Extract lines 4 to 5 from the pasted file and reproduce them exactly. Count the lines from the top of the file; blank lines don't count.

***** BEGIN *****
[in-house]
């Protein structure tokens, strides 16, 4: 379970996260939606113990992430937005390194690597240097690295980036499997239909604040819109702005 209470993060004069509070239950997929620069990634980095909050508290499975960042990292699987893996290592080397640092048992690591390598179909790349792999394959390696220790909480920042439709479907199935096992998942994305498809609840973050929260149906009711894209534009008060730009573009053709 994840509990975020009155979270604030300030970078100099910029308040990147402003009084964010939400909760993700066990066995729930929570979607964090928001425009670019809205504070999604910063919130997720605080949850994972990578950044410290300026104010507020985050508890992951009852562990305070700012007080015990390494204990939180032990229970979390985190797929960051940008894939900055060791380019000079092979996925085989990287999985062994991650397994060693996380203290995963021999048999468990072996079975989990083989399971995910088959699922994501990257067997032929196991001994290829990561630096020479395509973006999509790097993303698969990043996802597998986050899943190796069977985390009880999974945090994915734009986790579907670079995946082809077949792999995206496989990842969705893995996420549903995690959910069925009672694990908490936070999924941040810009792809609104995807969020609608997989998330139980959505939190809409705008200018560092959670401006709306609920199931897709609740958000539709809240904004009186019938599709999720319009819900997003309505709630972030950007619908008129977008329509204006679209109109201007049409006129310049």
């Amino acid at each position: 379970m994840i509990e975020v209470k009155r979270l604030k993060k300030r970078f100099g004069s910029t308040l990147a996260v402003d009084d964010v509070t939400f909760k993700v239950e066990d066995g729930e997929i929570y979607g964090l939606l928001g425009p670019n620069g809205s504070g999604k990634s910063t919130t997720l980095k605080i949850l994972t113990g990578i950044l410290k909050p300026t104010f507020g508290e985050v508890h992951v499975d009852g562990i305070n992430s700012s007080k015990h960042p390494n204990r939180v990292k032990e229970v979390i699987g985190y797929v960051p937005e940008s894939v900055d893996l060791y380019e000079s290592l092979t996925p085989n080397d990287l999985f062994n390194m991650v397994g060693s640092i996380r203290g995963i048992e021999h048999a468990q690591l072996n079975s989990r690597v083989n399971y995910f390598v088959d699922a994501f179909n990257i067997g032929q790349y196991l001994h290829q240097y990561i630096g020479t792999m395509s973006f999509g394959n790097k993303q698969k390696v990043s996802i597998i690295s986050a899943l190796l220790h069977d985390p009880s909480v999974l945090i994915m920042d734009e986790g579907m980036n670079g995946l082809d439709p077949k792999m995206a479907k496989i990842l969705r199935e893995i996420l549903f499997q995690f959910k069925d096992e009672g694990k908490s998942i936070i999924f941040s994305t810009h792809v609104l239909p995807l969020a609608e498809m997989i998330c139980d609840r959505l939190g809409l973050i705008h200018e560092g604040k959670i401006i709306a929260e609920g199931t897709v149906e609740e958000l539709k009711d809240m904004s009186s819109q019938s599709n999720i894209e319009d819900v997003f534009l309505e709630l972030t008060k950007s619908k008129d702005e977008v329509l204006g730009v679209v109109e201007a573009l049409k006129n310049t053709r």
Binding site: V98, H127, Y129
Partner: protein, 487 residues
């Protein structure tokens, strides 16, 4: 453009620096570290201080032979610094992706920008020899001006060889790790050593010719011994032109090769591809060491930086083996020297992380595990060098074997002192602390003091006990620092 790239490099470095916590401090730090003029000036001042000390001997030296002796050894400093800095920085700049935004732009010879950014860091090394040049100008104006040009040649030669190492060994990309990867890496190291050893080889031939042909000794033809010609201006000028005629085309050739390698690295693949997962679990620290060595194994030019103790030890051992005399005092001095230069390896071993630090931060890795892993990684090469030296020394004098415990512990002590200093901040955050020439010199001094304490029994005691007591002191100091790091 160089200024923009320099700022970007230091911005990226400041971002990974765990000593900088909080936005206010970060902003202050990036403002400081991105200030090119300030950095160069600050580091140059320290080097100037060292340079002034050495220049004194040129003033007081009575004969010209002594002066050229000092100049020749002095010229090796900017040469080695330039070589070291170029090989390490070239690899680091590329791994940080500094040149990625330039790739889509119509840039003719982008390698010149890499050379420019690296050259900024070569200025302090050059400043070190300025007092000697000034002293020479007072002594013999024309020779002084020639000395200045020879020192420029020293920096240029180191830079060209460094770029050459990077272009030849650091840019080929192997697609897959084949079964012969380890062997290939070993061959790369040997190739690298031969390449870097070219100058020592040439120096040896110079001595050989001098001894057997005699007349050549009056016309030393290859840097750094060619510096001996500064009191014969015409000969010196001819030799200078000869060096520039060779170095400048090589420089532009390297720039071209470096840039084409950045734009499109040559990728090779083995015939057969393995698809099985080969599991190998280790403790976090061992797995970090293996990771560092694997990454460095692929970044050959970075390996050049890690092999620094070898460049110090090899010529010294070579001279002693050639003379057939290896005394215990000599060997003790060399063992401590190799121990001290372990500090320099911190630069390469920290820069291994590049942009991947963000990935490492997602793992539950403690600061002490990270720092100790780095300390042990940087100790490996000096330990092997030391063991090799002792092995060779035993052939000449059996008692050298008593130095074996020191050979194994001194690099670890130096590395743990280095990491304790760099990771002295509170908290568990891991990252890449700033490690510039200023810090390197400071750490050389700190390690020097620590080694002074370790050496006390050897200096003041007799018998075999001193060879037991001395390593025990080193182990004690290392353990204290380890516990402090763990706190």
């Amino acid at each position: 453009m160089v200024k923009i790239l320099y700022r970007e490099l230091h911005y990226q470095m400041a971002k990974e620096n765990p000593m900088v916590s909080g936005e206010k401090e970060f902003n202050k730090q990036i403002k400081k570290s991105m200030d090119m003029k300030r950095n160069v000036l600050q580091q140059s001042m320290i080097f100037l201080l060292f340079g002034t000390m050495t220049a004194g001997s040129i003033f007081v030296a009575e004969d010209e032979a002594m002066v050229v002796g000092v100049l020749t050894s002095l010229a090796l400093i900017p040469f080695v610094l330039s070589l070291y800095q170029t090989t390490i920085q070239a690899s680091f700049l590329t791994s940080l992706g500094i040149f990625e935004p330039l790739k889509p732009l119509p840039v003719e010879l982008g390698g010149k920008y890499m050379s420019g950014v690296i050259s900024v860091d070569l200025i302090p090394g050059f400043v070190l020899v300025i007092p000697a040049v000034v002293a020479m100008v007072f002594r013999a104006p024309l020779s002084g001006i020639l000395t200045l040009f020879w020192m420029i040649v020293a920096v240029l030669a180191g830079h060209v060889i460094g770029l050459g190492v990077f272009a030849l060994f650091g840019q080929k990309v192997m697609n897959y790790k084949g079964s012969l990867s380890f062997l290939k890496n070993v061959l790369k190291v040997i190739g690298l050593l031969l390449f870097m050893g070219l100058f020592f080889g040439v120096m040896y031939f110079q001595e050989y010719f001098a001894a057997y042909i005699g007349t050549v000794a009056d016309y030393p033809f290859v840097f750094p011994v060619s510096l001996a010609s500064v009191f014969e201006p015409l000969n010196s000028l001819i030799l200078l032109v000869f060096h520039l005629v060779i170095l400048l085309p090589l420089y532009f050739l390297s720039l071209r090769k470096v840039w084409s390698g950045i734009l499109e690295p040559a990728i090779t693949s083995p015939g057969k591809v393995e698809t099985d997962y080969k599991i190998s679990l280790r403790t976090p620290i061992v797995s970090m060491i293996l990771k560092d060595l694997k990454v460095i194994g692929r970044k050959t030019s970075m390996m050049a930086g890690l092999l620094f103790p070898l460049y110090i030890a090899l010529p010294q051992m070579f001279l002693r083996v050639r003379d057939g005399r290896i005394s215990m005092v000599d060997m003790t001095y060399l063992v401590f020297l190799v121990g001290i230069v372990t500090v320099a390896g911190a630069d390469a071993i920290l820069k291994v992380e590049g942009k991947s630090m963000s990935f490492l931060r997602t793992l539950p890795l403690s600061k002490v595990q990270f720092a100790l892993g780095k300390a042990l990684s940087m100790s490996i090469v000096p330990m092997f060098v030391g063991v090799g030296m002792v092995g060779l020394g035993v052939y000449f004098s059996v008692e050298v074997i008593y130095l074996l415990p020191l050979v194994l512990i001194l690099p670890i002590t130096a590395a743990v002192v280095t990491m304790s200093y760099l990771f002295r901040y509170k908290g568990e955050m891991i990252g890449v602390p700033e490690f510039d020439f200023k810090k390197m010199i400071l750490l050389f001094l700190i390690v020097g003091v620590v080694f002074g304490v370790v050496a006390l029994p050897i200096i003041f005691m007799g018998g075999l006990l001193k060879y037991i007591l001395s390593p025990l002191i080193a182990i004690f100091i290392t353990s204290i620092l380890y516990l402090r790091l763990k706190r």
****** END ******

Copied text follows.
Binding site: V98, H127, Y129
Partner: protein, 487 residues